Taiwan News - Where does the madness end

Beijing winning the Olympics may only happen once during our lives and the newspapers in Taiwan, in their typical herd-like pattern, put the story on the front page. Not so The Taiwan News. Bucking the trend, they put it on page three, saving the coveted first page for a lengthy report on… head transplants (unlikely to happen before 2008, at least).

For ages, readers who wanted to experience a full warping of reality had to turn to the KMT and its associated media. Now, the DPP and its cronies - such as The Taiwan News - are out to prove that they are capable of being completely out of step with the real world. “Beijing getting the Olympics or the future of head transplants?” Can’t you just imagine the editorial room debate?

The Taiwan News has lost it. The DPP appears to be losing it (running that recent Hitler ad was in extremely poor taste). Incredibly, these guys will likely push people back into the KMT camp.

PS. The pathetic thing is that if Paris or Toronto or anyone else had won the Olympics, it likely would have made the front page.

PPS. There was a struggle over who in our office got to keep The Taiwan News “head transplant” edition. It was so out there that everyone wanted it as a souvenir.

PPPS. A lot of people thought that maybe a few disgruntled employees had put the story on the front page as a joke. Not so. I met one of the editors and was told that “head transplants are a serious story.”

Every time I think the Taiwan News can’t get any worse, it does. Just wait until they’ve moved into the I-mei(headed by a DPP/presidential advisor)offices and lose any objectivity they once had. It used to be that this ridiculous ‘coverage’ was limited to the editorial page, but now the entire paper has turned into a DPP pamphlet worthy of comparison with the PRC’s People’s Daily. Same refusal to report real events, same censorship, same philosophy, same tactics.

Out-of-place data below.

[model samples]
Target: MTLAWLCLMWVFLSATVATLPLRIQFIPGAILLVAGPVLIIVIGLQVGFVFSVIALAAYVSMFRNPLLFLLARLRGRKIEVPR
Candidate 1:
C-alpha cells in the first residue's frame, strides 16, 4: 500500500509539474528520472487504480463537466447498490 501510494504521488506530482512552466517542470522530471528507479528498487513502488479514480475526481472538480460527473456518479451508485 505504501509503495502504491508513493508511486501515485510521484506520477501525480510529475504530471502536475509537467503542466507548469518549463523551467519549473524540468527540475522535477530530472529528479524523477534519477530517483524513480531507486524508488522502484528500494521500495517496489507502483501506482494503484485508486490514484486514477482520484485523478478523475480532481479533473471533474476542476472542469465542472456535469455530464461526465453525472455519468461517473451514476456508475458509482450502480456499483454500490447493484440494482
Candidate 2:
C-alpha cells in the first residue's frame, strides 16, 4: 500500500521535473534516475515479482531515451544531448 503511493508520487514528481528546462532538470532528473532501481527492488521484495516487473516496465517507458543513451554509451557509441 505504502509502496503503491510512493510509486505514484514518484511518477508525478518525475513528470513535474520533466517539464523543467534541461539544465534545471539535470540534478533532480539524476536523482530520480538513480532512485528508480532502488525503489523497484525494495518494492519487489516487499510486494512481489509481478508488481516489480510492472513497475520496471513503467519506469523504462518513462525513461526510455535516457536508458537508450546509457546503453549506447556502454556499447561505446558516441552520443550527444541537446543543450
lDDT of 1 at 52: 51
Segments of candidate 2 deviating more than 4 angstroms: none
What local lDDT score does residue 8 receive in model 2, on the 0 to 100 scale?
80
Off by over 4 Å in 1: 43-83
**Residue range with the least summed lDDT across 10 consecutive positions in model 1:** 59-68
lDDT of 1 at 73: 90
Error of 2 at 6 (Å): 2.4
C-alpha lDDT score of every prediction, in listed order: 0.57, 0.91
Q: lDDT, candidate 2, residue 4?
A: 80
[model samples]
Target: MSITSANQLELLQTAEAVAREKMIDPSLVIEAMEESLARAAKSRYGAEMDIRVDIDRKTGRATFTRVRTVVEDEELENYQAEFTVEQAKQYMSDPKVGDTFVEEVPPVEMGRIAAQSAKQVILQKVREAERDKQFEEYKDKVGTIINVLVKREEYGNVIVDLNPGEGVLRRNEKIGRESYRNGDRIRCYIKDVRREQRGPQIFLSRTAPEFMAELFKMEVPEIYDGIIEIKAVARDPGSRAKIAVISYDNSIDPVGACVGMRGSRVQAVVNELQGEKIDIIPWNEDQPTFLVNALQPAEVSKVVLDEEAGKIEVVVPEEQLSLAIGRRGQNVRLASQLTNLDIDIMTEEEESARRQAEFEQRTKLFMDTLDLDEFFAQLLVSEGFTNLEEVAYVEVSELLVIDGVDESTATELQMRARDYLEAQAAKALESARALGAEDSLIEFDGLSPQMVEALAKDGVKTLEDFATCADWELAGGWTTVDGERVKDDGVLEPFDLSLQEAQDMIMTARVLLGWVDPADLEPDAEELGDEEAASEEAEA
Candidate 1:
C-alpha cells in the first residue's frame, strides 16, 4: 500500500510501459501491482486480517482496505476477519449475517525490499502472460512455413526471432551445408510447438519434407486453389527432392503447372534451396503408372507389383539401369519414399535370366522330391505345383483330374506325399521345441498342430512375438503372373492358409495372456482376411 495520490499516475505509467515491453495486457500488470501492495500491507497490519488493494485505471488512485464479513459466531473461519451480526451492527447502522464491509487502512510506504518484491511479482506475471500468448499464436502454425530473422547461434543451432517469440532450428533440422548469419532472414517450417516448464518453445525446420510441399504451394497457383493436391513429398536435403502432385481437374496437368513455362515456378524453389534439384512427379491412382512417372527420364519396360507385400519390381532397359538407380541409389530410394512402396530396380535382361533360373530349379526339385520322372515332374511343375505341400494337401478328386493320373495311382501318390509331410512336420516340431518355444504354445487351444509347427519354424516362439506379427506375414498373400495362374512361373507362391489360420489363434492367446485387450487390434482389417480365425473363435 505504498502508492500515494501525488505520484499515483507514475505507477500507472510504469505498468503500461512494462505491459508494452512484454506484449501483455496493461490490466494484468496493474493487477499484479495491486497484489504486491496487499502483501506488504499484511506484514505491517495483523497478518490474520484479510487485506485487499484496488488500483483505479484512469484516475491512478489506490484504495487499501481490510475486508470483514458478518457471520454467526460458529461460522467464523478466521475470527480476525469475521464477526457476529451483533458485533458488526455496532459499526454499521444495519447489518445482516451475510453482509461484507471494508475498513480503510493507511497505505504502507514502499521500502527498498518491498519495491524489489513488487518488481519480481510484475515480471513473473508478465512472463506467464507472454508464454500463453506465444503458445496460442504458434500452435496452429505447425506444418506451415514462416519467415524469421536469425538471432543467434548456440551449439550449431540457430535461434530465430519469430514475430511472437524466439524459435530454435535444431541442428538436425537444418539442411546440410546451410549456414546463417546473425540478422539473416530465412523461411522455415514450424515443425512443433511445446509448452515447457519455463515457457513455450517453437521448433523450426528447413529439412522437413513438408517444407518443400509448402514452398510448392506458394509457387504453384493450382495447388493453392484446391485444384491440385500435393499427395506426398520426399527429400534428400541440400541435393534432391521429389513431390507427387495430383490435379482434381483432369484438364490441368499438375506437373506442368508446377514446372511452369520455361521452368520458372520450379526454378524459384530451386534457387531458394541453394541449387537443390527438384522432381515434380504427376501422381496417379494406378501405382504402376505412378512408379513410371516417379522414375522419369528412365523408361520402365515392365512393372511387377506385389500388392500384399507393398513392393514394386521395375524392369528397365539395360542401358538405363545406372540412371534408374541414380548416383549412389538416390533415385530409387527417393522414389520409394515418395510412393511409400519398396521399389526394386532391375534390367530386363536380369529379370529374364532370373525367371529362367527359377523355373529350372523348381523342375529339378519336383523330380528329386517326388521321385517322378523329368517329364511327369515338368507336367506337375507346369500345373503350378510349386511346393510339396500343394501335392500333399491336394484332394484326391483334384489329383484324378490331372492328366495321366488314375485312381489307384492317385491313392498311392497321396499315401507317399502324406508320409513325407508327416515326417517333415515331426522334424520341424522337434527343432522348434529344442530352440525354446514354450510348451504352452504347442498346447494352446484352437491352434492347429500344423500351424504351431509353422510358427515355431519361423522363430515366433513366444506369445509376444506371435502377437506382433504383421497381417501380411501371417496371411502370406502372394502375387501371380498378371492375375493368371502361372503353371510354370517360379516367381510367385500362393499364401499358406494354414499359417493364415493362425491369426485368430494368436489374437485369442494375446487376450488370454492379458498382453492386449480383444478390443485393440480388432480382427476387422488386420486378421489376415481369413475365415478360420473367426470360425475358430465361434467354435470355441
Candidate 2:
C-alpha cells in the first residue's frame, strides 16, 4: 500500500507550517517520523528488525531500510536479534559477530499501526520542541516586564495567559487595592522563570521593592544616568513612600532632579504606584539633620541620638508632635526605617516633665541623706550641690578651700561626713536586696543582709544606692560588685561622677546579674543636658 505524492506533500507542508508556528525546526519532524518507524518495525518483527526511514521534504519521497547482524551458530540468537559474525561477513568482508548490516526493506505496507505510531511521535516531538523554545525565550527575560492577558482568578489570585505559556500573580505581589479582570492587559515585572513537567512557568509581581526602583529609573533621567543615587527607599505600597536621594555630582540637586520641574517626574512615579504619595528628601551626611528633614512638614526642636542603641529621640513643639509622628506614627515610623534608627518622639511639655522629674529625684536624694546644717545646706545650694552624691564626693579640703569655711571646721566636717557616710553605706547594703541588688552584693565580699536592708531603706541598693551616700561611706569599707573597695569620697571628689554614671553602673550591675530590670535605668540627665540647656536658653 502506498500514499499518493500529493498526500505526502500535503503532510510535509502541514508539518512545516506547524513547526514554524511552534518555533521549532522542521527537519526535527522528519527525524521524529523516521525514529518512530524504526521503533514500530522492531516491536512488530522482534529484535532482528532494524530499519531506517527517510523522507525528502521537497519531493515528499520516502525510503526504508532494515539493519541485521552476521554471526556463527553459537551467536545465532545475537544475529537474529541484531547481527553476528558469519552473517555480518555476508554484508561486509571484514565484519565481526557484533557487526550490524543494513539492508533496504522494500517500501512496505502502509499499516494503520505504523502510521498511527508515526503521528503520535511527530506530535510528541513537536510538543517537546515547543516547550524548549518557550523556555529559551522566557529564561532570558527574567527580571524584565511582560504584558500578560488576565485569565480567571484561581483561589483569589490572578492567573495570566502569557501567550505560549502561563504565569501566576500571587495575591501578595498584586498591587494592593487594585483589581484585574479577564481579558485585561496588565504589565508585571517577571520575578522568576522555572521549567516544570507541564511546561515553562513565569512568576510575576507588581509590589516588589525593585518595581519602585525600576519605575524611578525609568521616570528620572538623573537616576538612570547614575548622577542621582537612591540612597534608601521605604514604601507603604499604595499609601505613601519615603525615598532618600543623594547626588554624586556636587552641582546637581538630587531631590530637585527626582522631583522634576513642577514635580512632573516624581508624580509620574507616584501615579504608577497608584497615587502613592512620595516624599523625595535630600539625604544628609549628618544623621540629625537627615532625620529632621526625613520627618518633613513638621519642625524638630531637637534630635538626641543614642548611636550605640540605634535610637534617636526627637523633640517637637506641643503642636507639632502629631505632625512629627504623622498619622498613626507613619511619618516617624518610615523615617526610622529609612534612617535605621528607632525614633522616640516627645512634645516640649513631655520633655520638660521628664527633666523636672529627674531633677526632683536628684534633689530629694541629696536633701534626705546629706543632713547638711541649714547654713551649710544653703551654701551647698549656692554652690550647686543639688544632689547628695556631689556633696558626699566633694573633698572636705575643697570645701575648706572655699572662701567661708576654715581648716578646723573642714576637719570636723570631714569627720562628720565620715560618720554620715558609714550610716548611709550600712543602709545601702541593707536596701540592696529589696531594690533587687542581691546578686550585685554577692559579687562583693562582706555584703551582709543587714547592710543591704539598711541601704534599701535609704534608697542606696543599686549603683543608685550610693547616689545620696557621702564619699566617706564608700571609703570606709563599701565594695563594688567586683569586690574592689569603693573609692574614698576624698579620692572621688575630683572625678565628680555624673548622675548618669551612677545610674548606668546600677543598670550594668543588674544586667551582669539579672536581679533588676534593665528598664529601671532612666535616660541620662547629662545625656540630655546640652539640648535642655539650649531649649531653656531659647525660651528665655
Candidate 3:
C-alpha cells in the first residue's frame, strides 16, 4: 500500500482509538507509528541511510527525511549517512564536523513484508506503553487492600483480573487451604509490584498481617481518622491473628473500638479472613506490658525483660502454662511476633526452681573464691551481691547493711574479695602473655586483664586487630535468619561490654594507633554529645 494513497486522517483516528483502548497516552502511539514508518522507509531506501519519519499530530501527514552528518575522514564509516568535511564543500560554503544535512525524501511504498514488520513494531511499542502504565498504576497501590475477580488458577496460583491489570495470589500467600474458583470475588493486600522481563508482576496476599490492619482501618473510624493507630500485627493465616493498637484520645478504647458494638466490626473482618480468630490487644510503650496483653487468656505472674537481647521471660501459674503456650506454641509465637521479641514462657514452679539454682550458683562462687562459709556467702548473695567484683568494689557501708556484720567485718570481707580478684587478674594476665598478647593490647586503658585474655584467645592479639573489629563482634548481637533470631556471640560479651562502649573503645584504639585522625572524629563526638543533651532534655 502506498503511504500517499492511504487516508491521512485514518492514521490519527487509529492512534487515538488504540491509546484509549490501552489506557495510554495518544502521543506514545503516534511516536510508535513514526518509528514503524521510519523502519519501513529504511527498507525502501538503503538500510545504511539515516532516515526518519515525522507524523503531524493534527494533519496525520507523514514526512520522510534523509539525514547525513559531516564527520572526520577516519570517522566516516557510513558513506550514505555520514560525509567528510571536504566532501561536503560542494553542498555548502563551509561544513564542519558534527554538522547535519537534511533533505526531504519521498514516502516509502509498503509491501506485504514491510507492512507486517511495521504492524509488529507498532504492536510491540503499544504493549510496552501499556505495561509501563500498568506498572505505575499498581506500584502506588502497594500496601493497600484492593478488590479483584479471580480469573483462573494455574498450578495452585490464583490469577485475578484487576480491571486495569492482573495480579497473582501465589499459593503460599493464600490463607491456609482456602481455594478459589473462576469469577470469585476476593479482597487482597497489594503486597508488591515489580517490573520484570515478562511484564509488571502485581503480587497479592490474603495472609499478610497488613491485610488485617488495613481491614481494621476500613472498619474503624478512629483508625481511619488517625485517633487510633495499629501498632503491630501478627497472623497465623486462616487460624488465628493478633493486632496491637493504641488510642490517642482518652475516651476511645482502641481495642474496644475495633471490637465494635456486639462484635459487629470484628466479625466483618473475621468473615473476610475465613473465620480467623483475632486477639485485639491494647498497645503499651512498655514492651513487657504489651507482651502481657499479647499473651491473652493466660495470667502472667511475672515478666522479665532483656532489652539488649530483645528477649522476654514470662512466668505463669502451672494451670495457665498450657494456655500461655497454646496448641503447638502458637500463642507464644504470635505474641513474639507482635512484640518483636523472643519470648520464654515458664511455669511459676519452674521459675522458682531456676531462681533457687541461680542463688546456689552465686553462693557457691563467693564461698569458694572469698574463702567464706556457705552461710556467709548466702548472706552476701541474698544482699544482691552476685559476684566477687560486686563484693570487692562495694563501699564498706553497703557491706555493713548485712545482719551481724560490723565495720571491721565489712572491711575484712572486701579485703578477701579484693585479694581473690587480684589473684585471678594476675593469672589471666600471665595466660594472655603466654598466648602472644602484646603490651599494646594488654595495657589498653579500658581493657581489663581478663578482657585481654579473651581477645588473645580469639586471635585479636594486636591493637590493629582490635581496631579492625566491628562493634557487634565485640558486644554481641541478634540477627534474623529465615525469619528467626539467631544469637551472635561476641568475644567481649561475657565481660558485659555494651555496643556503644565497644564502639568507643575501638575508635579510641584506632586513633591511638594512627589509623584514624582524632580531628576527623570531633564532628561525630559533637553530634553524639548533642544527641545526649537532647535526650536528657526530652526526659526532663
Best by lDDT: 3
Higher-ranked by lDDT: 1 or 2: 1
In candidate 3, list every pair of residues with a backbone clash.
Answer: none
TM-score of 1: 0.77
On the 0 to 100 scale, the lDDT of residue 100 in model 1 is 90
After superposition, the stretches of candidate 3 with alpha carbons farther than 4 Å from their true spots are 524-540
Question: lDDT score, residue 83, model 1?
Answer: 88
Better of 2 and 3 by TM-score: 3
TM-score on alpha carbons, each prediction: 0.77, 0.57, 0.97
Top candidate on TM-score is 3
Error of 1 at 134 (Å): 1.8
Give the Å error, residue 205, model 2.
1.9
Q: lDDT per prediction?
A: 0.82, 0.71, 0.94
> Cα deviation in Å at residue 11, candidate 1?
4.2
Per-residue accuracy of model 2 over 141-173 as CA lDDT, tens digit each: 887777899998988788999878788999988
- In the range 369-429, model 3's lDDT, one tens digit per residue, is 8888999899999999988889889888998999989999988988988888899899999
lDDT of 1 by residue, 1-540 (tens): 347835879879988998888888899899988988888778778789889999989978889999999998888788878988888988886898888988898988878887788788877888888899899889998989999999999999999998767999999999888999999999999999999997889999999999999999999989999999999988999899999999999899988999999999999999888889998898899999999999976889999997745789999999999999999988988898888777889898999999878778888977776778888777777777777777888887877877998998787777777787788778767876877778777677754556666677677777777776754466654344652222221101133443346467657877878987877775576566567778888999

It’s sad, since the China News used to be a half-decent paper.
The good thing about all this is that the horrible things happening at the News are so blatant no self-respecting foreigner would be seen with the rag. While the Taipei Times looks much better than the News, with a much nicer looking layout, the actual content suffers from strikingly similar problems originating from the dictation of content and political stance from the Liberty Times group. But since it isn’t as blatant as the at the News, less people notice and thus give the Times more credibility than it really deserves.

Let’s not forget the oldest, and most entrenched medium of English propanda : the China Post. Read the editorials and you feel that you’ve picked up a KMT newsletter, and moreover, picked up something left over from the Chiang Kai Shek era that today’s KMT might find repugnant and embarassing.

I will concede, though, that the China Post, unlike Taiwan News these days, does have it’s redeeming qualities. I always pick up the Friday edition. The editorials, though, are too much to stomach.

I can’t stomach any of the papers’ editorials. I actually find the editorials of the China Post a bit tamer than the blatant atocities I see in the Taipei Times and the Taiwan News, but none of them are much good.